In our house, birthdays are a time to give, not receive. 

By Pooja Makhijani
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“In leiu of a gift for the birthday girl...,” I write on my daughter Krishna’s birthday invitation.

“In lieu of?” my 5-year-old asks.

“Instead of,” I say. “Instead of asking our guests for a gift for you for your birthday, we’re asking them to donate a new toy or book to children who may not have as many things as you do.”

“But what about presents for me?” she asks.

“I will buy you presents, and so will your grandparents, and we are having a big party with cake and a disco ball,” I say. “But this way we can help other children, too.”

I expect pushback, or even a tantrum, but my daughter simply asks, “How can I help?”

Although I have been celebrating my birthday with acts of service since I was in my 20s, this particular birthday tradition began a month before my daughter turned 1. Like many new parents, I accumulated so much stuff for her in just a year: stacking toys and blocks, musical instruments, board books. There was no need for any more! But I realized our guests might also be looking forward to buying gifts.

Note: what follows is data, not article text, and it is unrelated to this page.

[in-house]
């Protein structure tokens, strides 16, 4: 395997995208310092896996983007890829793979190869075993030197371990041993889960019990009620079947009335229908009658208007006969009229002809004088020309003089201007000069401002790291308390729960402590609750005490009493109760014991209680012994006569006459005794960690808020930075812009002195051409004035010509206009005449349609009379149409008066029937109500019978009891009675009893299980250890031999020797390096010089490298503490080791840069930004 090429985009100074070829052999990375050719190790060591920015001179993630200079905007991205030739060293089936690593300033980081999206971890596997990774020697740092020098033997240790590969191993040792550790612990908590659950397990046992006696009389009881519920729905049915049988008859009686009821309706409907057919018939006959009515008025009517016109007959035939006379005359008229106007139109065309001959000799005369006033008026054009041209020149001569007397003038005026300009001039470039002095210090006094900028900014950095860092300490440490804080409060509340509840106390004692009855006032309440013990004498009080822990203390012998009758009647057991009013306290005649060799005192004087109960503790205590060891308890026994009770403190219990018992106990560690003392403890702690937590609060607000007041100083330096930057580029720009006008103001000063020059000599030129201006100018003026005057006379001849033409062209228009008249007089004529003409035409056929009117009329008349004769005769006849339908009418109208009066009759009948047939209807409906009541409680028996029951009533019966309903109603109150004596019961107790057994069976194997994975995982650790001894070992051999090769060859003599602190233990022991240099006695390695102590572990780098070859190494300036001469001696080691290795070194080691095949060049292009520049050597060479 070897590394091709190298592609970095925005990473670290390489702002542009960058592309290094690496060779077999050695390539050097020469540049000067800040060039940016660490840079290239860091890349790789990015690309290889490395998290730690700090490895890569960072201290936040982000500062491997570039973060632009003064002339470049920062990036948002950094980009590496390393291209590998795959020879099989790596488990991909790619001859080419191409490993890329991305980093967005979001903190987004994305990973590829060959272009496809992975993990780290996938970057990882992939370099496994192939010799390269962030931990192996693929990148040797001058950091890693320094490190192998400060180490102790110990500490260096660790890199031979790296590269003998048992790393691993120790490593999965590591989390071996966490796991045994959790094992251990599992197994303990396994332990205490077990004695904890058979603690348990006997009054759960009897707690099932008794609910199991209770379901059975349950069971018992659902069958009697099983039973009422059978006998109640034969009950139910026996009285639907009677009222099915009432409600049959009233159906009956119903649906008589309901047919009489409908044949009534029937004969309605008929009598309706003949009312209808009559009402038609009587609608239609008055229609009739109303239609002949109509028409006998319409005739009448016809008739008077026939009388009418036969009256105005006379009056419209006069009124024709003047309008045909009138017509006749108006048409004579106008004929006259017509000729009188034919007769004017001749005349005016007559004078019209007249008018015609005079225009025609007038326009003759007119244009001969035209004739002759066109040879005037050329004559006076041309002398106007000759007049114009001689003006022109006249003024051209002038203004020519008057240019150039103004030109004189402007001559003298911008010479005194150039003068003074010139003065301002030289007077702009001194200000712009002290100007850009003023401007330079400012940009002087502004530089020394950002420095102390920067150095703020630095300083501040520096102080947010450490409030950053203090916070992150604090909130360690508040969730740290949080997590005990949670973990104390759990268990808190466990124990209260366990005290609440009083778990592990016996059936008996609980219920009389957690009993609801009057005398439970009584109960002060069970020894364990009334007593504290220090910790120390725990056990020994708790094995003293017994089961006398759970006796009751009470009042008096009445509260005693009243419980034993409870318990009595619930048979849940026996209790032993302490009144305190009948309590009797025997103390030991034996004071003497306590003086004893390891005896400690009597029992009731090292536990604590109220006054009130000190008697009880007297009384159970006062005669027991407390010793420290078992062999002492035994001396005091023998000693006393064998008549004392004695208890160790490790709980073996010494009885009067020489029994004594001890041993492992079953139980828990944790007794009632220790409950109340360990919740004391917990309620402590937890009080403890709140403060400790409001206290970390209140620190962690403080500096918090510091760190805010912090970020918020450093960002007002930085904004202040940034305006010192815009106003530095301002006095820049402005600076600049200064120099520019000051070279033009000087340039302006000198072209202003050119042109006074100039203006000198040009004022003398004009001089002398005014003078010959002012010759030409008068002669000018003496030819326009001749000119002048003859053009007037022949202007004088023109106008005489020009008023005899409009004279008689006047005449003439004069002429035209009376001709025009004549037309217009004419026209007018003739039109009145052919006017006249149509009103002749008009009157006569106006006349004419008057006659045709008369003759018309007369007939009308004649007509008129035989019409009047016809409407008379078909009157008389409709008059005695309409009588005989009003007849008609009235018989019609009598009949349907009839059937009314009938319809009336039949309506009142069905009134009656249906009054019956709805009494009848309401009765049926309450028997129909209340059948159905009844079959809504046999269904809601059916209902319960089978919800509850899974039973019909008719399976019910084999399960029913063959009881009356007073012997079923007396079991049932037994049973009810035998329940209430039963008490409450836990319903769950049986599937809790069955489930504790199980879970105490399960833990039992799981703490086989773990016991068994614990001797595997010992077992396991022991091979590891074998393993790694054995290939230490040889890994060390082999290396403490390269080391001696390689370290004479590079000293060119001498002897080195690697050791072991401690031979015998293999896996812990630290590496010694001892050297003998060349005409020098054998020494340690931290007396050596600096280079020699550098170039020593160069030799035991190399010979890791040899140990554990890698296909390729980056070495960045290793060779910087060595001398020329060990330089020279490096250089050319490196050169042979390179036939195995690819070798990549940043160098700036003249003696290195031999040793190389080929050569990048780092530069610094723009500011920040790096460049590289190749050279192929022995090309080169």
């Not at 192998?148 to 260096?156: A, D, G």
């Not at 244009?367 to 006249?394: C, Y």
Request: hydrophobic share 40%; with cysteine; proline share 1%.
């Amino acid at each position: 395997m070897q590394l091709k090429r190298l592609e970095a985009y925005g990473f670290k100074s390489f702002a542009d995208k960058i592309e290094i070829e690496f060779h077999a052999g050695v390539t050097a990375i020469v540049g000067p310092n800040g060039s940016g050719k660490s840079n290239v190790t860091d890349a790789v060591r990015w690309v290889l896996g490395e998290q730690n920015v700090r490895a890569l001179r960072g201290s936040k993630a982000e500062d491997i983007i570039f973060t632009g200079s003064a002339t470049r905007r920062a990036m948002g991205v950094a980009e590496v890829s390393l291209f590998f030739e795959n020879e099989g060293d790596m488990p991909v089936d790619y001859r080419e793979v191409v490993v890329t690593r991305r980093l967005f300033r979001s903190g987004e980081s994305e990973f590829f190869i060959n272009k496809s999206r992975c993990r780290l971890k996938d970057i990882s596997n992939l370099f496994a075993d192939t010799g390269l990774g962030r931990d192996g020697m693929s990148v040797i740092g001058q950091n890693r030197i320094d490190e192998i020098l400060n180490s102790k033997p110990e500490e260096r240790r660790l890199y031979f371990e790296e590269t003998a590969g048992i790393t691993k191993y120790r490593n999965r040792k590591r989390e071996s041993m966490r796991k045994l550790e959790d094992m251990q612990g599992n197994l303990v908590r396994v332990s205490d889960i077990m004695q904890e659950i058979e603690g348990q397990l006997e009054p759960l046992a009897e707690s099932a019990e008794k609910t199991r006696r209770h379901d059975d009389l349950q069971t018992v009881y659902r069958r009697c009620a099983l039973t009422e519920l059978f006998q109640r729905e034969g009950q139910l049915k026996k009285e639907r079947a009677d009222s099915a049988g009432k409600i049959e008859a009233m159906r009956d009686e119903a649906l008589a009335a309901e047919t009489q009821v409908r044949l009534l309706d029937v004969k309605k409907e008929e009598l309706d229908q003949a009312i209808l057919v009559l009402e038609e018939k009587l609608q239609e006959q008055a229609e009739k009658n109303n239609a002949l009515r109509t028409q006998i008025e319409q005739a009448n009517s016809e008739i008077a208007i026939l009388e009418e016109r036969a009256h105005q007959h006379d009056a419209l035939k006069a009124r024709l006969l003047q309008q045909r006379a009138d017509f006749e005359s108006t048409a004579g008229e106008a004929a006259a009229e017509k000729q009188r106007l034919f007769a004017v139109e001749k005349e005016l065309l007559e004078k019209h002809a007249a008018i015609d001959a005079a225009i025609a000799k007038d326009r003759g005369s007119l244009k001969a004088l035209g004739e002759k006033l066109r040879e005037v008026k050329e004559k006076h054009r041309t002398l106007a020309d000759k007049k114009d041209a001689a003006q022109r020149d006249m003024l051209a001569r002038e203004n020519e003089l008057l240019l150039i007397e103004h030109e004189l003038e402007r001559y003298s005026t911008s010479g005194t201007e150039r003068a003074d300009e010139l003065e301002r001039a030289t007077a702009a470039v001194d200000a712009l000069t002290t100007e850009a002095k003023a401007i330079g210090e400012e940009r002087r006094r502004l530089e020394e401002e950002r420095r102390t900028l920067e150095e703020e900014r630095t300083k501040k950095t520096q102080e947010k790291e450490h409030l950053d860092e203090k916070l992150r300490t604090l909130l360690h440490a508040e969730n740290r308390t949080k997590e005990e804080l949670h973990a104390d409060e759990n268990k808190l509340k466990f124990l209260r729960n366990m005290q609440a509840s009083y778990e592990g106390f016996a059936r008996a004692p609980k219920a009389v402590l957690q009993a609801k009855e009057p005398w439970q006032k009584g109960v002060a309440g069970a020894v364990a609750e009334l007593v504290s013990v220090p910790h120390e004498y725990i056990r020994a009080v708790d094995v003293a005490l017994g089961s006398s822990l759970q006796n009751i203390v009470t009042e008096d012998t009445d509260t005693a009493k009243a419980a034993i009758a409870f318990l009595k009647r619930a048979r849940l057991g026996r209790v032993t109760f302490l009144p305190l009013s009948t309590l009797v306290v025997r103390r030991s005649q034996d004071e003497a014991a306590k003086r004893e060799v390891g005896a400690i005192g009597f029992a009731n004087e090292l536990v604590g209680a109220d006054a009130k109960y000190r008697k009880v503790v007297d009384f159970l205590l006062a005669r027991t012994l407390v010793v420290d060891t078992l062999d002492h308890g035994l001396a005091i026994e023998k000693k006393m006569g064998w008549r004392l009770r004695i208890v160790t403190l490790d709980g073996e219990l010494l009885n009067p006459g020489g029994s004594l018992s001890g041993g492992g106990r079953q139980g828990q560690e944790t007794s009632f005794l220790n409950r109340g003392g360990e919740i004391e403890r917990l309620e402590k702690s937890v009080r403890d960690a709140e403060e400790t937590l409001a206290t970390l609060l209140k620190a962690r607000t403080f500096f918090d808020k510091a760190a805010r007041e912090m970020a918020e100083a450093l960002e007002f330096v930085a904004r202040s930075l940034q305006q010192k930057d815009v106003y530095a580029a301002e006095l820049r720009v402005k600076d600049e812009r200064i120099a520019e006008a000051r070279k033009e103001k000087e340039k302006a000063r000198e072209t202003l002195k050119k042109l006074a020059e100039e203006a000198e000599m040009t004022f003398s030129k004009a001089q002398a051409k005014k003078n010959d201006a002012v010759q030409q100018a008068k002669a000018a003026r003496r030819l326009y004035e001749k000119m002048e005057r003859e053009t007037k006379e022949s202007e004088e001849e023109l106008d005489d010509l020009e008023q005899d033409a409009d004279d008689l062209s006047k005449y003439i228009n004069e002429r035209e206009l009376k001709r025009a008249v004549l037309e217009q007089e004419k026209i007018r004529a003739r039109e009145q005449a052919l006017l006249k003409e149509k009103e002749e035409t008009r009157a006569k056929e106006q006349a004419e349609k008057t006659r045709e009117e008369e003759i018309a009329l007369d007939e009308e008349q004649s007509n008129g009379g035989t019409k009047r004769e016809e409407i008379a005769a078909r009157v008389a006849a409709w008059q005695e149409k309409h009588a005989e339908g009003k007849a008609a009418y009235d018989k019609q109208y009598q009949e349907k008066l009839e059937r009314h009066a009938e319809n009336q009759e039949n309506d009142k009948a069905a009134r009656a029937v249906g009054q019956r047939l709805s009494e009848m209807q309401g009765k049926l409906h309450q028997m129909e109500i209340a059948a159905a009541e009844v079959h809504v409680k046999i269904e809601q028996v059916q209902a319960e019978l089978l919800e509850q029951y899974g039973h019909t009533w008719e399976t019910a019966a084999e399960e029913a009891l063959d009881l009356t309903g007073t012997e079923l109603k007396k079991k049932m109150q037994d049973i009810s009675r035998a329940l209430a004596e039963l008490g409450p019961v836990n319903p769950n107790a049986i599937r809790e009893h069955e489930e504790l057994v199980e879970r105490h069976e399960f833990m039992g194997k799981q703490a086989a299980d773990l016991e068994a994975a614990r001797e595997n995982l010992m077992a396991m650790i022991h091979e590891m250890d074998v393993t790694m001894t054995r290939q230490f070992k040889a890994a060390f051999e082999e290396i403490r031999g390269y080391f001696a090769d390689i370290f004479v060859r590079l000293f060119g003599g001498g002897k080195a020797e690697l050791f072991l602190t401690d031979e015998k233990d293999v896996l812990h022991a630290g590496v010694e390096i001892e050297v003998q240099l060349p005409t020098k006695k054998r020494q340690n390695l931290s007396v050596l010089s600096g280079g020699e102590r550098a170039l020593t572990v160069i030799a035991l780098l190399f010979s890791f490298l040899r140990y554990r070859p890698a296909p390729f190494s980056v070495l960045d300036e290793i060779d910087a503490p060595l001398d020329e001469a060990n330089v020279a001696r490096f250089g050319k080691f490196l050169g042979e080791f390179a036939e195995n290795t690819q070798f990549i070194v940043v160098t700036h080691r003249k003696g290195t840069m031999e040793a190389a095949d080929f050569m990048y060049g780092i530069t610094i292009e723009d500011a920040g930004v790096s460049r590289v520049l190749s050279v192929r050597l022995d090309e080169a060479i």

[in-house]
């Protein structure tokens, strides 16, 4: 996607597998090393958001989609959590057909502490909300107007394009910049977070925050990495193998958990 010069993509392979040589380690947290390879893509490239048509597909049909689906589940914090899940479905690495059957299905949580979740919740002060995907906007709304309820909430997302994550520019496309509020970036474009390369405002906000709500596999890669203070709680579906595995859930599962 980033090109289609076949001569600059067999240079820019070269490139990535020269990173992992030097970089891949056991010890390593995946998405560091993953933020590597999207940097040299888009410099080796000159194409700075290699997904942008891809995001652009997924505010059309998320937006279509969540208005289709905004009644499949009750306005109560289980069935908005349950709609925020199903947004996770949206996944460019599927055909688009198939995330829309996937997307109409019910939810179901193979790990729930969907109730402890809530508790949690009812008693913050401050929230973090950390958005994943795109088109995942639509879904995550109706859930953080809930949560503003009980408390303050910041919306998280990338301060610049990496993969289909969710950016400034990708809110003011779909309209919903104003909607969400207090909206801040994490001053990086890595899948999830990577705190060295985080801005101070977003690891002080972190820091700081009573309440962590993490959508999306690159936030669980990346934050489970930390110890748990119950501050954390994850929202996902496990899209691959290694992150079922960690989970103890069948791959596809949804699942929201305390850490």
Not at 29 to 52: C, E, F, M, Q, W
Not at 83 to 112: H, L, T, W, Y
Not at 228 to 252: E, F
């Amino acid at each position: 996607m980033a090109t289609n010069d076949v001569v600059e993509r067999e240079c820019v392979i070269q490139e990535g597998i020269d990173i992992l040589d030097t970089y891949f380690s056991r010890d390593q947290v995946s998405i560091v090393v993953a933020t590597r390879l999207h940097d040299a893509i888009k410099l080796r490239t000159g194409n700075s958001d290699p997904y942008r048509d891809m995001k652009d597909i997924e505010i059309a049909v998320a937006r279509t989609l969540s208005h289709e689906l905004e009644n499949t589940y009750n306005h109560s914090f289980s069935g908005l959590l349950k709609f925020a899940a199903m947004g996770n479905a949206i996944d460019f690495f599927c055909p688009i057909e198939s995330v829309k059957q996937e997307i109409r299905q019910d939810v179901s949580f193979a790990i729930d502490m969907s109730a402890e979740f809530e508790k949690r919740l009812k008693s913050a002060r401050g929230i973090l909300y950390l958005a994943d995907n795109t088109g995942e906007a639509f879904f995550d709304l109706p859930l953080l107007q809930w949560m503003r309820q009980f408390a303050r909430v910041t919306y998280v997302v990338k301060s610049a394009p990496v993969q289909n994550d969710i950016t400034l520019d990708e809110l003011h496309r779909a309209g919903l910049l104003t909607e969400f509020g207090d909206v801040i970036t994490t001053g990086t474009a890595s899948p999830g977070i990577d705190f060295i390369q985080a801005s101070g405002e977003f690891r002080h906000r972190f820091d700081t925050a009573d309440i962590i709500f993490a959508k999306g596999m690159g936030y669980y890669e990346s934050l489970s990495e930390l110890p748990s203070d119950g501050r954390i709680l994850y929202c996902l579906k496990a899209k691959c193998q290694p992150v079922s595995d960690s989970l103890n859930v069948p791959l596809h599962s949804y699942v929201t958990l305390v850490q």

So on her first birthday, I asked for toys and books for babies in foster care in our city. This year, the first when Krishna was old enough to understand and help me plan, we decided to donate her gifts to a residential treatment program for pregnant and parenting adolescents and their children.

“You are deeply loved,” I tell Krishna as she grabs a laundry basket and starts decorating it with ribbons. This is the basket her friends can drop their gifts into at her party, she tells me.

“Your birthday is a time for us to share that love with others.”

TO HOLD A BIRTHDAY DRIVE

  1. For babies, ask guests to donate new toys, boxes of diapers, or clothes to a family shelter or children’s aid organization in your town.
  2. Help older kids choose a cause they care about. KidsCanGiveToo.com will send invites asking guests to donate to their selected charity; the charity gets half, and your kid gets a Visa gift card for the other half.
  3. Keep you guest list small and send the money you would have blown on a big party to TheBirthdayPartyProject.org, which throws parties for kids in homeless shelters.

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